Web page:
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The emergence and spread of CTX-M-type ESBLs and KPC-type carbapenemases are the two major developments in β-lactam resistance that have taken place in the last decade. CTX-M-type ESBLs became the predominant ESBLs in E. coli in many parts of the world by the early 2000s . Although they were initially considered to be rare, recent reports indicate that CTX-M-type ESBLs are becoming more common in the USA as well, especially in E. coli . KPC-type carbapenemases rapidly spread among K. pneumoniae strains, which have caused nosocomial outbreaks in hospitals throughout the east coast of the USA . Studies from the USA that have addressed the clinical characteristics of bacteraemia caused by ESBL-producing Enterobacteriaceae were conducted either before the advent of these newer β-lactamases or without molecular characterization [2,11]. The present study was thus undertaken to identify the clinical features of bacteraemia caused by ESBL-producing and KPC-producing Enterobacteriaceae in a contemporary cohort of patients from tertiary hospitals in the northeastern USA.
Our results indicate that CTX-M-type ESBLs are now common among bacteraemic isolates of Enterobactericeae in this geographical area. Among E. coli, the majority had this group of ESBLs. About half of them had CTX-M-15, which is increasingly recognized as the most common CTX-M-type ESBL in many parts of the world , but the CTX-M-2 and CTX-M-9 groups, which are known to predominate in South America and Spain, respectively, were also present . SHV-type and TEM-type ESBLs constituted the rest, although they were much less common than CTX-M-type ESBLs. This trend was also reported in a recent study of ESBL-producing E. coli conducted in Philadelphia . Taking these findings together, we may assume that CTX-M-type ESBLs are now prevalent in this species in the northeastern USA. In Klebsiella spp. and Enterobacter spp., SHV was still the most common ESBL type, but CTX-M-type ESBLs were also present in both organisms. All 20 KPC-producing organisms were from the study site in New York City, where they are known to be endemic .
The 28-day mortality rate of patients with bacteraemia caused by organisms producing ESBL or KPC was significantly higher, at 29.1%, than in the control group, at 19.5%. This is in line with the results of a recent meta-analysis that pooled data from 16 studies and showed a significantly increased mortality rate for ESBL-associated bacteraemia . The subset of patients with KPC-producing K. pneumoniae in our study had an even higher mortality rate, at 47.4%, as opposed to 27.5% for those with ESBL-producing K. pneumoniae. Although the difference was not statistically significant, probably because of the relatively small number of patients, our data strengthen the previously reported association between KPC-producing K. pneumoniae bacteraemia and increased mortality .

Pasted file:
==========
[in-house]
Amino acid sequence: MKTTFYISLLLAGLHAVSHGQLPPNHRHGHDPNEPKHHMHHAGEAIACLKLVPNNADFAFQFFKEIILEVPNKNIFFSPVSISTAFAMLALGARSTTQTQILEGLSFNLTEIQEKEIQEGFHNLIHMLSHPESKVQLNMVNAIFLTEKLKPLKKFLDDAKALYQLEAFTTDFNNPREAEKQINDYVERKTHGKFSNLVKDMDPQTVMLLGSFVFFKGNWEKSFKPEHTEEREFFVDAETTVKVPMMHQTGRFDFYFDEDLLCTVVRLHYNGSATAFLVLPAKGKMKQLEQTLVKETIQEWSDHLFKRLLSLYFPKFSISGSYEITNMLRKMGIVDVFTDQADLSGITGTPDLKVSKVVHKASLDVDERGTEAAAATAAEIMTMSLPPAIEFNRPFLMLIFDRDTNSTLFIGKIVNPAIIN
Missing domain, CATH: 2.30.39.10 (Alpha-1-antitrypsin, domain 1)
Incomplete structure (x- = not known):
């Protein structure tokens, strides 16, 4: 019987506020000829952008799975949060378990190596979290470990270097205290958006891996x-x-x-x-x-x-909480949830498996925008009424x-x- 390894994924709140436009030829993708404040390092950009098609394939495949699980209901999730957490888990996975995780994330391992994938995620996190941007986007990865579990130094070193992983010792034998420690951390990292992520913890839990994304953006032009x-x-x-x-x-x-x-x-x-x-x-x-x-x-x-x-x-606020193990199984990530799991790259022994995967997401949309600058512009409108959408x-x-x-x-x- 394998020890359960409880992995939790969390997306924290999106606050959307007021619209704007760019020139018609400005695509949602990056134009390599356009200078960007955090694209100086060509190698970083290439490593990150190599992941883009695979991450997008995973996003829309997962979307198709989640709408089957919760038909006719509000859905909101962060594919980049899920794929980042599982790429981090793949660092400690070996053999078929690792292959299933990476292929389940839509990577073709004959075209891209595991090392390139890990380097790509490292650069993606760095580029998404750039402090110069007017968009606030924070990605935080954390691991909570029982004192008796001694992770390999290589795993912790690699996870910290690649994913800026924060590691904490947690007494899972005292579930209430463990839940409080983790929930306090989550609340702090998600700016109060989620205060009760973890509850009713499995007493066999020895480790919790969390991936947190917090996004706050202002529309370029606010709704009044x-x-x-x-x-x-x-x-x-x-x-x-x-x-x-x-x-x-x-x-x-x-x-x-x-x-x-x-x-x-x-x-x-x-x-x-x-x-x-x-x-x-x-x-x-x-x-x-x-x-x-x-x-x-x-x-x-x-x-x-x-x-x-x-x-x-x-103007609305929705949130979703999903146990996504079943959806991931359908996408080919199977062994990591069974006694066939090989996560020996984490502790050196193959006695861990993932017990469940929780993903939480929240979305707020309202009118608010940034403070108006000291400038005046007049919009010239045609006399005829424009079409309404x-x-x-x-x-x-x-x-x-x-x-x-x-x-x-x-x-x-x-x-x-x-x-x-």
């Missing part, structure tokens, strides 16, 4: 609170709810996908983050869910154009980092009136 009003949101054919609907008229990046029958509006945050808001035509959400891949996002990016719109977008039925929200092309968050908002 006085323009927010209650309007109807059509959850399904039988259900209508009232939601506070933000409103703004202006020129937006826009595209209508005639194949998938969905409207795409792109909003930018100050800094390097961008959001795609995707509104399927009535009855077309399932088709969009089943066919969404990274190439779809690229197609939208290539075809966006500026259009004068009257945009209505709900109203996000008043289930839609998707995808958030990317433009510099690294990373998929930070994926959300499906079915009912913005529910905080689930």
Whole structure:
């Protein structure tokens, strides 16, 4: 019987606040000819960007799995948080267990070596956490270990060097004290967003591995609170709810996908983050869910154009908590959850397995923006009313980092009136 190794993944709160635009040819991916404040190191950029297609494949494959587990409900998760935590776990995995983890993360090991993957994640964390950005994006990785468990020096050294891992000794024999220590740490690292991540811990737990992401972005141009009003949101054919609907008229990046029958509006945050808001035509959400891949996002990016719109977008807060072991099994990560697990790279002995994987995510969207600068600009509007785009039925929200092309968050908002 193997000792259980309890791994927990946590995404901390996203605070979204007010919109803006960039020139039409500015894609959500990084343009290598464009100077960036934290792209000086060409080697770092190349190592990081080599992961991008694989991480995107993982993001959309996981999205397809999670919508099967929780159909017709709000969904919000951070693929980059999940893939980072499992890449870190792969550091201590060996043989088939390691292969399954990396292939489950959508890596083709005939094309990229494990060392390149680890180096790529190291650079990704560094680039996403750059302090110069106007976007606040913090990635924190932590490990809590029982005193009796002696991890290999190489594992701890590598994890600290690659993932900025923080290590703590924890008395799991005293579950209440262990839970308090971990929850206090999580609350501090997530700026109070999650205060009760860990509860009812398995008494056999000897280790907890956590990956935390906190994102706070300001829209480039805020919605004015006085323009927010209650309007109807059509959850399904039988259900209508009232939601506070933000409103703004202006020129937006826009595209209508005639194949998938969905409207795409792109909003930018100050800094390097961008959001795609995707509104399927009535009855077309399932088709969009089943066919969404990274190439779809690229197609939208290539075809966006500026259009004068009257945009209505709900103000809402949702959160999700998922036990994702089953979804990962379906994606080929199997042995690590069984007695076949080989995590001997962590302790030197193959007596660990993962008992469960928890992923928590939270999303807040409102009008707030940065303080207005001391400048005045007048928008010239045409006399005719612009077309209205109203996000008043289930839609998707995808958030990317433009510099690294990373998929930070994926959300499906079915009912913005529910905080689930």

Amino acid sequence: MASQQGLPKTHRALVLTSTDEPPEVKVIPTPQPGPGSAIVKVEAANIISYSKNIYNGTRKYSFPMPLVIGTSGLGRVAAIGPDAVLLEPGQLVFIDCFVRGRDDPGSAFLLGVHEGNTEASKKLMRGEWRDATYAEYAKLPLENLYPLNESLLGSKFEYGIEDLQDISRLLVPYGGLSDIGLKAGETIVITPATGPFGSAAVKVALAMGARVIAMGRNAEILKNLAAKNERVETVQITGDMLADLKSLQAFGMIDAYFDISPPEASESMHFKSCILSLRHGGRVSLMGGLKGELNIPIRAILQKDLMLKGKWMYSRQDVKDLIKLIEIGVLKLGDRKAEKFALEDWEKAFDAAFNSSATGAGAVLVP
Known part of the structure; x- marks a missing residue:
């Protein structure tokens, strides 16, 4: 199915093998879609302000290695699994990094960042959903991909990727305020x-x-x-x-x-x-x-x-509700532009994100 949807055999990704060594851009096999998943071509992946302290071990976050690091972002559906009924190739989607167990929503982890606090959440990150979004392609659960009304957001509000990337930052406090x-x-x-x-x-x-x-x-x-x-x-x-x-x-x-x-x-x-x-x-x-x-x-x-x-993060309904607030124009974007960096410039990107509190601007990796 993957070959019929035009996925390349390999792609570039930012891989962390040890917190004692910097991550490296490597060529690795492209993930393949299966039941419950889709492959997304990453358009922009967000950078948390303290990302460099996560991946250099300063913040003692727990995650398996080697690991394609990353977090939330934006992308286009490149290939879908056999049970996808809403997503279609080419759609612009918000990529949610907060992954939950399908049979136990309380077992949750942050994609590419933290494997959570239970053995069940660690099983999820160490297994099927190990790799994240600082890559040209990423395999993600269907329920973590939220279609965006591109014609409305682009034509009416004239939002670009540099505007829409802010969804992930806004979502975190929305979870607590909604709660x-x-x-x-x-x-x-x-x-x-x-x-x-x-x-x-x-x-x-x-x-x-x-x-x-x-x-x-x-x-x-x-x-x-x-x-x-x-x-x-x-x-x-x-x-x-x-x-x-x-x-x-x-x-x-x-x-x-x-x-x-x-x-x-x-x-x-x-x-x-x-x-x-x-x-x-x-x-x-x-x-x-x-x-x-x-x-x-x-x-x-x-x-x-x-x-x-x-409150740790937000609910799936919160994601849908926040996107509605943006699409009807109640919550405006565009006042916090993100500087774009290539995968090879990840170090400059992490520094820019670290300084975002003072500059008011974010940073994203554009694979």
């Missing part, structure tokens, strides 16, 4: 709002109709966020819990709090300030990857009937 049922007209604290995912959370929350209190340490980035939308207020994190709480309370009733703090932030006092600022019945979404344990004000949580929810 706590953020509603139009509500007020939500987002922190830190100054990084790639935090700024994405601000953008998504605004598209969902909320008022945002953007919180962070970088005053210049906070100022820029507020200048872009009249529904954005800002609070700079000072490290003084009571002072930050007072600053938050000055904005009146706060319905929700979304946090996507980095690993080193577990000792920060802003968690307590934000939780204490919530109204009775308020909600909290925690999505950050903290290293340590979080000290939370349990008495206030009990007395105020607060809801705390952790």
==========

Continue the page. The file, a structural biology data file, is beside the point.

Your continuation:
The independent risk factors for ESBL-associated bacteraemia included recent antibiotic use, admission from a nursing home, length of hospital stay prior to infection, chronic renal failure, presence of a gastrostomy tube, and history of transplant. Recent antibiotic use has been pointed out as an independent risk factor in multiple studies that have investigated ESBL-associated bacteraemia [11,15–18]. Admission from a nursing home has also been identified as a risk factor for ESBL production in several studies investigating bacteraemia [19–21]. The presence of a gastrostomy tube has been associated with acquisition of ESBL-producing organisms among nursing home residents [22,23], whereas chronic renal failure has not been associated with acquisition of ESBL-producing organisms.
Independent risk factors for mortality in the ESBL group included higher Apache II score at the time of positive blood culture and inappropriate empirical therapy. The association of higher Apache II score with increased mortality is not surprising and this was an independent risk factor for mortality in control cases as well. Inappropriate empirical therapy, defined by the use of antibiotic(s) that lack in vitro activity against the causative organism, has been identified as independent risk factor for death in ESBL-associated bacteraemia in several studies [24,25]. We may therefore speculate that the significantly increased mortality with inappropriate empirical therapy, which occurred more frequently in the ESBL and KPC groups than in the control group, contributed to the excess mortality.
Our study has several limitations. First, we analysed ESBL-producing Enterobacteriaceae together, not by species. The selection of controls to be in the same proportions by species as the cases helped to address some of the potential bias arising from this. Second, our analysis of the KPC cases was limited, owing to the relatively small number of cases. Finally, we were not able to associate types of ESBL with clinical attributes, because of their heterogeneity.
In conclusion, mortality associated with bacteraemia caused by ESBL-producing or KPC-producing Enterobacteriaceae continues to be high, despite improved detection in the clinical laboratory. CTX-M-type ESBLs are now common in E. coli and are also present in other species in the northeastern USA. The frequent occurrence of delay in appropriate therapy probably contributes to the excess mortality. The use of antimicrobials with activity against ESBL-producing organisms, such as carbapenems, is generally accepted as appropriate in unwell patients with risk factors. However, the advent of K. pneumoniae producing KPC-type carbapenemase further complicates this issue.